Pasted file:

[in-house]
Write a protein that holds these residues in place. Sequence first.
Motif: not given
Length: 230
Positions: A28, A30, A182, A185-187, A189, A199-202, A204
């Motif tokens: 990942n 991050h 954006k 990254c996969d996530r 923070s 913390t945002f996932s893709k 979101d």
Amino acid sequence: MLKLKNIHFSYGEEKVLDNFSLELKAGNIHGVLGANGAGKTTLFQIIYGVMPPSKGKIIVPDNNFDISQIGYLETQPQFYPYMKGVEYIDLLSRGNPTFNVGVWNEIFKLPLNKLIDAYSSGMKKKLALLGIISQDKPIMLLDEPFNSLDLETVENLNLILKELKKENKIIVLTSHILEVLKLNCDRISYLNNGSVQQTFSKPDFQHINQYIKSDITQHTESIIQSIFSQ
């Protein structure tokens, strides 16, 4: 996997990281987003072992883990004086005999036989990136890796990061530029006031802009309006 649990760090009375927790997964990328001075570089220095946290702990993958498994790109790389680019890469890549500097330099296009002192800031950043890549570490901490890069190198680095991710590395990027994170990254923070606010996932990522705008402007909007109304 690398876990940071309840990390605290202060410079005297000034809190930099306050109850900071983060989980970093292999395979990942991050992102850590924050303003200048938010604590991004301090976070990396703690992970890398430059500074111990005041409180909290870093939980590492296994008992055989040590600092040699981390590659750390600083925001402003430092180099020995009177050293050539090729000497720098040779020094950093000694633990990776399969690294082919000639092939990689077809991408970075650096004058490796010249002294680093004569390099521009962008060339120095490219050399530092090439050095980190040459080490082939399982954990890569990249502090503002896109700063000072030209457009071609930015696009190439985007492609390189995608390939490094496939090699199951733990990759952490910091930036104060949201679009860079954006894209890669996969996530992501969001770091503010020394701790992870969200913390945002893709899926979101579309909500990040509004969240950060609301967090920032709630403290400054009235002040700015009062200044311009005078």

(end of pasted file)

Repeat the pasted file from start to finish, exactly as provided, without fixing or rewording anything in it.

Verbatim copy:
[in-house]
Write a protein that holds these residues in place. Sequence first.
Motif: not given
Length: 230
Positions: A28, A30, A182, A185-187, A189, A199-202, A204
């Motif tokens: 990942n 991050h 954006k 990254c996969d996530r 923070s 913390t945002f996932s893709k 979101d």
Amino acid sequence: MLKLKNIHFSYGEEKVLDNFSLELKAGNIHGVLGANGAGKTTLFQIIYGVMPPSKGKIIVPDNNFDISQIGYLETQPQFYPYMKGVEYIDLLSRGNPTFNVGVWNEIFKLPLNKLIDAYSSGMKKKLALLGIISQDKPIMLLDEPFNSLDLETVENLNLILKELKKENKIIVLTSHILEVLKLNCDRISYLNNGSVQQTFSKPDFQHINQYIKSDITQHTESIIQSIFSQ
């Protein structure tokens, strides 16, 4: 996997990281987003072992883990004086005999036989990136890796990061530029006031802009309006 649990760090009375927790997964990328001075570089220095946290702990993958498994790109790389680019890469890549500097330099296009002192800031950043890549570490901490890069190198680095991710590395990027994170990254923070606010996932990522705008402007909007109304 690398876990940071309840990390605290202060410079005297000034809190930099306050109850900071983060989980970093292999395979990942991050992102850590924050303003200048938010604590991004301090976070990396703690992970890398430059500074111990005041409180909290870093939980590492296994008992055989040590600092040699981390590659750390600083925001402003430092180099020995009177050293050539090729000497720098040779020094950093000694633990990776399969690294082919000639092939990689077809991408970075650096004058490796010249002294680093004569390099521009962008060339120095490219050399530092090439050095980190040459080490082939399982954990890569990249502090503002896109700063000072030209457009071609930015696009190439985007492609390189995608390939490094496939090699199951733990990759952490910091930036104060949201679009860079954006894209890669996969996530992501969001770091503010020394701790992870969200913390945002893709899926979101579309909500990040509004969240950060609301967090920032709630403290400054009235002040700015009062200044311009005078």